There is a standard method of rating shocks. The force (in kg) the shock exerts when travelling at 0.52 m/s is expressed as a pair of numbers (bump/rebound). For example the ST165 GT-Four front shock is (100/35). This is the terminology you will see in most Japanese and European shock catalogs. While this allows you to compare shocks, the comparison is only at that one speed (which is however a good guide, it makes it clear that some Japanese suspension kits are mega stiff!).
This rating is only good for shocks with linear damping characteristics. Through specialised internal valving some shocks have good damping characteristics at low speed, but only a little more at high speed. Too little damping at low speed (as in a perfectly linear shock) allows Cadillac style wallow at speed. The German Bilstein page discusses some of these aspects. The picture below shows a typical shock dyno plot, showing the rates before (red) and after (blue) rebuild. This shock is the rear competition spec Bilstein of a Team Toyota Italia GT-Four (refer my suspension page for a photo). Bump is the bottom half, with rebound at the top. The maximums at 0.52 m/s (graphed as 52.5 cm/s) are given a rating of (233/116) for the red (pre-revalve) shock line. The graph also shows the different angles to the lines, which show the shocks to be quite stiff even at low speed, which did give a harsh ride on the road.
The two lines on this graph appear very similar, however at the first velocity line from the left it is apparent that the blue line force is almost half the red line force. What this means is that the ride is much softer and doesn't have the harshness it did. When I revalved the shocks I also went from 250lb to 200lb springs. The car is much smoother and has lost the 'bounce' that the rear did have.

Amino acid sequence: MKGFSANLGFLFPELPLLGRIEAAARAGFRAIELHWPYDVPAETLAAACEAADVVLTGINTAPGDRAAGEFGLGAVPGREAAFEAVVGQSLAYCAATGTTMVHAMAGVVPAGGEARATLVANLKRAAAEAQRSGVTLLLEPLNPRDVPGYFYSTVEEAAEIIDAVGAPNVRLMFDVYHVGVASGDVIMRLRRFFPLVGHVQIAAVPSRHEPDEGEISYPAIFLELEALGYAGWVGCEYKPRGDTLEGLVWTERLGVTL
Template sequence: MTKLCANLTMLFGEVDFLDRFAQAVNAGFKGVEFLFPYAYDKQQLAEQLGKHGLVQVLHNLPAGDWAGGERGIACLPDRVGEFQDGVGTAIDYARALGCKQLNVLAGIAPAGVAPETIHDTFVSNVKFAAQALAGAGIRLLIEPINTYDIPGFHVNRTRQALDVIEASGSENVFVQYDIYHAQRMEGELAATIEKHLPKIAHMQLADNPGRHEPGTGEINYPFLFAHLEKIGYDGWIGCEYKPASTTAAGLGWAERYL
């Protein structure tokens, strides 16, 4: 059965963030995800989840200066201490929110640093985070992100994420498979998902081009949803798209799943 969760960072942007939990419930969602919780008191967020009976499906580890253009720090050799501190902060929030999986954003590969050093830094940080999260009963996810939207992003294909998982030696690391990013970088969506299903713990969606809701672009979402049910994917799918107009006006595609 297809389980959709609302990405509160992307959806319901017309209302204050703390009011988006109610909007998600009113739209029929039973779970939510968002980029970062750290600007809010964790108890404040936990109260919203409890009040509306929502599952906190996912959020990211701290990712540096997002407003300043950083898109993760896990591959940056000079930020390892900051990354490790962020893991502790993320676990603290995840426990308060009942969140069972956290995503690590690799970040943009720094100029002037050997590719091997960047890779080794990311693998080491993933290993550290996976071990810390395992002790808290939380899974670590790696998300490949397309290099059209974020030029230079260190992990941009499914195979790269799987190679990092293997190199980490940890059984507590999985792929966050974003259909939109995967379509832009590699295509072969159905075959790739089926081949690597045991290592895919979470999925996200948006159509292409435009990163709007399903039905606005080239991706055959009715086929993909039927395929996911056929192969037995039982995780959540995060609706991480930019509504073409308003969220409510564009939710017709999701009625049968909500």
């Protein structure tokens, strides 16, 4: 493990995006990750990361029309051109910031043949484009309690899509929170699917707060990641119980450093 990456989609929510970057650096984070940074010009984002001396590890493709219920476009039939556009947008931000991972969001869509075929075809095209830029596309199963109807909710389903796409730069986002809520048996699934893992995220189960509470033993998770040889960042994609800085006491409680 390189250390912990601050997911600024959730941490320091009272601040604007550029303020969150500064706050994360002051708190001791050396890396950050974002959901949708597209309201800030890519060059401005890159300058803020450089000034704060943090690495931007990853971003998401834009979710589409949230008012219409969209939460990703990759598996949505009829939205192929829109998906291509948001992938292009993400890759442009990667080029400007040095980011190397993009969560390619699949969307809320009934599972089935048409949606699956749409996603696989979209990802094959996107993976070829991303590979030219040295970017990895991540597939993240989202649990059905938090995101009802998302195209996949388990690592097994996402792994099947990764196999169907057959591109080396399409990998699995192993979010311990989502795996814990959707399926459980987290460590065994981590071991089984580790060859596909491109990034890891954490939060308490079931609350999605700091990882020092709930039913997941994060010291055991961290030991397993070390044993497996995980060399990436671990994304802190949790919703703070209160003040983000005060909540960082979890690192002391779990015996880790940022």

Basic idea here is that higher numbers are stiffer shocks, and with stiffer rebound characteristics you need stiffer springs (which oppose the rebound force).
Which comes down to the main point of this page. For best results your spring rate must complement your rebound rate. No point fitting ultra-stiff springs with soft worn-out shocks, as you'll bounce all over the place.
And don't just run out and buy Tokico and HKS springs (for example) because you have heard that they are the "best". If the HKS springs were designed for HKS shocks you may not get the ideal match.
Ask what the rates are, and spend your money with a bit of background knowledge and research.
"But no-one makes the shocks in the rates I need!"
There are a few options here, including 'adjustable' shocks and rebuildable shocks.
There are several brands out there which claim to be fully adjustable. Many of these are race shocks and can be adjusted with either external adjusters or by removing the spring and turning the shaft (some Koni). These adjustments are limited within a predetermined range set by the oil viscosity and internal valving. It is not intended to use this adjustment to make major damping changes to fit the shock to a vehicle it was not intended for.
I mentioned Tokico Illuminas because they claim to be fully adjustable. However, the two damping characteristics (bump and rebound) can only be adjusted together (both stiffer or both softer), hence they do not give the same control as a truly fully adjustable shock. They are definitely not the final word in shock design, as their high failure rate testifies to!
The common top adjust Konis are adjustable, but for bump only. To adjust rebound you need to modify the shock to make it rebuildable.
Bilsteins are one of the few affordable fully adjustable shocks which are widely available for Japanese cars. While there is no external adjustment, they come ready to dismantle to allow revalving at low cost (about NZ$60, US$30). Hence they give infinite control over bump and rebound throughout the speed range as required. But yes, obviously, you have to remove the shock to do so but this may not be an issue if you have your rates correct. Also, if you throw enough money at them they can be made externally adjustable for both bump and rebound, but that is beyond my budget... :-)
As you can guess I'm a Bilstein fan. This was basically forced upon me as few manufacturers produce ST165 GT-Four shocks. Bilstein (www.autolign.co.nz) could give me what I wanted within 24 hours. If they were good enough for almost every successful rally car over the last 30 years, they will do me...
Simplistic explanation of a few characteristics - www.bilstein.com
More in-depth discussion - www.bilstein.de(note that they seem to have removed the good stuff from the English site temporarily)